The woman in question turned out to be the niece of the late Jerry Siegel, who came up with the idea for Superman with partner Joe Shuster in the 1930s. She told him that Siegels father died during a robbery when Jerry was a teenager and while investigating the circumstances of this tragedy, Meltzer grew convinced that the incident spurred Supermans invention. As Meltzer puts it, Siegels father died during a crime, and then he goes on to create the worlds greatest crimefighter and nobody knows the story.
As a longtime comics fan whose credits in the medium include an acclaimed Justice League of America series co-starring the Man of Steel, Meltzer was fascinated by this revelation but he felt that building an entire book around the information was maybe even a little bit too geeky for me, and thats saying something. Instead, he used the material as a thread in Lies, a complex tale that includes a search for the original weapon with which Cain slew Abel and the troubled relationship between a contemporary father and son inspired by my own personal baggage, he admits.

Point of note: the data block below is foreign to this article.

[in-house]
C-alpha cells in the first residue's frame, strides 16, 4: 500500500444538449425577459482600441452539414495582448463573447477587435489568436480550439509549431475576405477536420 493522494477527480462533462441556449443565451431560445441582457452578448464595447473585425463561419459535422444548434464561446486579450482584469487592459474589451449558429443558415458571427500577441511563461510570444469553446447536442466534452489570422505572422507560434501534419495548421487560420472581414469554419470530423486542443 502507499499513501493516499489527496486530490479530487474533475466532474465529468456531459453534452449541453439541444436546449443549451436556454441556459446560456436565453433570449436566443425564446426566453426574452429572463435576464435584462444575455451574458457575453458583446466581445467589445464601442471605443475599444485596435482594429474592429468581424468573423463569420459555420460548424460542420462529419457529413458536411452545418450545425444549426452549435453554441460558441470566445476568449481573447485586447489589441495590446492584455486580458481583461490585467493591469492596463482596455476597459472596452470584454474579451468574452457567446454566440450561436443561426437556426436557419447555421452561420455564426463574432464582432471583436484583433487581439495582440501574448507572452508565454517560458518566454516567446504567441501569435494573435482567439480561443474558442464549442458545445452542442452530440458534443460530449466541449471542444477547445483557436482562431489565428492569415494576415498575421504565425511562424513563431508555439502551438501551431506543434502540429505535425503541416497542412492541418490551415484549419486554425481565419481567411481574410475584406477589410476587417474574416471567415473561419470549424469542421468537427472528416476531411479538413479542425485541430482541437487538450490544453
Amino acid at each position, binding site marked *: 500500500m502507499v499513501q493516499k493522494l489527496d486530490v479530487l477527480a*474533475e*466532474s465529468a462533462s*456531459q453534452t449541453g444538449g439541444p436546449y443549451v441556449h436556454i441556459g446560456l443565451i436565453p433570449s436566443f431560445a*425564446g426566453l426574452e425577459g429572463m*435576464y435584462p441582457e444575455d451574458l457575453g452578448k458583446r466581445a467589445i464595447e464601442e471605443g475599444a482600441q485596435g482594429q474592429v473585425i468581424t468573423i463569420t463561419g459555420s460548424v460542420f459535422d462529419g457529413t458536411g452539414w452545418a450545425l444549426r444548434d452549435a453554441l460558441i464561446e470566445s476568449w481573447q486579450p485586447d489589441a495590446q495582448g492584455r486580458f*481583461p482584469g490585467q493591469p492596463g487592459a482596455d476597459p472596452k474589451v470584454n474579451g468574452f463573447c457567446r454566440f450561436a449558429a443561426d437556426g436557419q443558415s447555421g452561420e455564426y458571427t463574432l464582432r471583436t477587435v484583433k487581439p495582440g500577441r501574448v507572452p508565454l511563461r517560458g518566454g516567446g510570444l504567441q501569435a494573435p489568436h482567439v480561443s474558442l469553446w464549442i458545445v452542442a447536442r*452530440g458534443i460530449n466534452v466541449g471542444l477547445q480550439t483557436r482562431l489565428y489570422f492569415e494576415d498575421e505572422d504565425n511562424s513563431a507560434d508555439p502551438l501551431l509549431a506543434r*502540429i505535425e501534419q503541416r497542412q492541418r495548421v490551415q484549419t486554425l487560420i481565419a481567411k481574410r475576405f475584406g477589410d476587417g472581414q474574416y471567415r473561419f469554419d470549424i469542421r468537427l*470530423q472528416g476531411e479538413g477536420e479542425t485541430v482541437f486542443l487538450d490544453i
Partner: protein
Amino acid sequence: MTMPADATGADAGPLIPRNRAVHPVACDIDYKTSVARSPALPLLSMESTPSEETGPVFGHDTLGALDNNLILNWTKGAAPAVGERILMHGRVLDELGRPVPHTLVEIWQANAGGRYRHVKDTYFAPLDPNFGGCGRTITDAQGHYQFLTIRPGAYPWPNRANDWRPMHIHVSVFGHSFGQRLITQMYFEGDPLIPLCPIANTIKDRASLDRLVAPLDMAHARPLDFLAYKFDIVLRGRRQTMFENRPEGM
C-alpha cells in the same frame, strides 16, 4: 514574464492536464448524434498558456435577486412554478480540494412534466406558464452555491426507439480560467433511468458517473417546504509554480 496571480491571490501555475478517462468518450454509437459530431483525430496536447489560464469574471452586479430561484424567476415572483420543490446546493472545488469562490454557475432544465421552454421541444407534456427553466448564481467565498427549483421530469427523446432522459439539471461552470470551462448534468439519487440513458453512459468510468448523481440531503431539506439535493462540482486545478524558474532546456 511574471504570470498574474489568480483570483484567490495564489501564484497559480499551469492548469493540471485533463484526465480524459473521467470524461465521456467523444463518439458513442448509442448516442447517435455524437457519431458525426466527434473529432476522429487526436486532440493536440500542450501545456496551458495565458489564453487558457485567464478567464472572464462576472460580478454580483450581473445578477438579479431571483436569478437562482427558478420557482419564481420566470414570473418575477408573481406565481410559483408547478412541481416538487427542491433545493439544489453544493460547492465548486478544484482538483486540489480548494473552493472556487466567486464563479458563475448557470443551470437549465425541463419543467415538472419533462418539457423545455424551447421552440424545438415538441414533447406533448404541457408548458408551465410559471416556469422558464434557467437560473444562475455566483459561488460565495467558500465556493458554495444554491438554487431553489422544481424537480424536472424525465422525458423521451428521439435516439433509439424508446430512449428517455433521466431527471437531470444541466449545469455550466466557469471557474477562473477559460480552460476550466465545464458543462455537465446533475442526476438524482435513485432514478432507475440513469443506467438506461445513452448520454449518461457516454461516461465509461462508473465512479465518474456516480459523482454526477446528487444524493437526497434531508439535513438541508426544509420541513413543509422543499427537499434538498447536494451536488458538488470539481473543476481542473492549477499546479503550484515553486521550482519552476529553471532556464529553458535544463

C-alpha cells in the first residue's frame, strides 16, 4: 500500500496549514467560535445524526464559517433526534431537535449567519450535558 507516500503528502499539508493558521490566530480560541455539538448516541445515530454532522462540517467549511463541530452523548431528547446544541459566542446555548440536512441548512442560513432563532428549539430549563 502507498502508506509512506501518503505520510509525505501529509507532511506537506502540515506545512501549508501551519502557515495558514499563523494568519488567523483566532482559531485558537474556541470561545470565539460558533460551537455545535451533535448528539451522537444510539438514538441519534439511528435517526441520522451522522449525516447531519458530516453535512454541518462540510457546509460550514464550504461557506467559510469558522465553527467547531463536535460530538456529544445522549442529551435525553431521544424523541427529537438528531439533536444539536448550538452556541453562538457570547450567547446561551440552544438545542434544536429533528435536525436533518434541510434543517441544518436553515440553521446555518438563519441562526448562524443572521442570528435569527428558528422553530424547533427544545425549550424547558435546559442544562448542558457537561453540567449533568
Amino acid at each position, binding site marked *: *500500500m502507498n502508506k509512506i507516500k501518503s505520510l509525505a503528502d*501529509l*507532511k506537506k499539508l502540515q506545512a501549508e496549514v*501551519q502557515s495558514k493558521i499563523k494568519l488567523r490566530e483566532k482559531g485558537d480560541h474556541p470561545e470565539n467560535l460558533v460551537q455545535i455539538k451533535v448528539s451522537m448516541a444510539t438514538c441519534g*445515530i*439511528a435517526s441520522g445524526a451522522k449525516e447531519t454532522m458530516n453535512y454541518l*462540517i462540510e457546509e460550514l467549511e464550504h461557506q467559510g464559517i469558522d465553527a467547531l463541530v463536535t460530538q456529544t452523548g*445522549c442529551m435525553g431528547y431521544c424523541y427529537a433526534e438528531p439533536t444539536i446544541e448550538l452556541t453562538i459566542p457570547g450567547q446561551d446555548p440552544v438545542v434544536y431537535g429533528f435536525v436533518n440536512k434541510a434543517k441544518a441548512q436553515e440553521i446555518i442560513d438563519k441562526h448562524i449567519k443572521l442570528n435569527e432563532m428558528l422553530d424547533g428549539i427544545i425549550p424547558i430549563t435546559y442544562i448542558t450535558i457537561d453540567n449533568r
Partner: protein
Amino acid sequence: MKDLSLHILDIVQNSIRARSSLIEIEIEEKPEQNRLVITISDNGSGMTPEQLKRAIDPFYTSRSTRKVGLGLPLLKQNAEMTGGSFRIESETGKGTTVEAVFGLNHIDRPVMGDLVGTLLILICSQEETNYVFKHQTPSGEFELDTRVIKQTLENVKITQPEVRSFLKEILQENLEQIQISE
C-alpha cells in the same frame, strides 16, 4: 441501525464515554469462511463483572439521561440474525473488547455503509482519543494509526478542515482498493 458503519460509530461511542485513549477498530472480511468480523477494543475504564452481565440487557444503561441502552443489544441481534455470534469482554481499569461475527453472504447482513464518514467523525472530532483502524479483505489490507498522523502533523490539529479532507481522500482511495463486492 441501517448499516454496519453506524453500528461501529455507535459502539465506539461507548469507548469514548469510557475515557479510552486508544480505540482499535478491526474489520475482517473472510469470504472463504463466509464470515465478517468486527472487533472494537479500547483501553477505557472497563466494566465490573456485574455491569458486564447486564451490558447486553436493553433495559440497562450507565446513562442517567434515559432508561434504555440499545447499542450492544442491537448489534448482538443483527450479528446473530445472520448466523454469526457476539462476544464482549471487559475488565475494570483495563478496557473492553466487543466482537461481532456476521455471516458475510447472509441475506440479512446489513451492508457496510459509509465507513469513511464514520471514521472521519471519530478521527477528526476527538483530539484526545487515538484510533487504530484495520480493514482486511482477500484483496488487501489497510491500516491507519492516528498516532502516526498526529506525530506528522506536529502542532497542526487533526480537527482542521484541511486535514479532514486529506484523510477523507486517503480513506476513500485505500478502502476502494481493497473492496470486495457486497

The combination is as unlikely as it is meaningful to Meltzer. This is as honest as Ive ever been with my readership, he maintains. And it involves arguably two of my favorite stories ever told, Cain and Abel and Superman as crazy as it is to say in the same sentence.
Meltzer takes the podium at 7:30 p.m. at the Tattered Cover Highlands Ranch, 9315 Dorchester Street; admission is free. Learn more at 303-470-7050 or www.tatteredcover.com and read an extended Meltzer Q&A at blogs.westword.com/latestword.
Thu., Sept. 11, 2008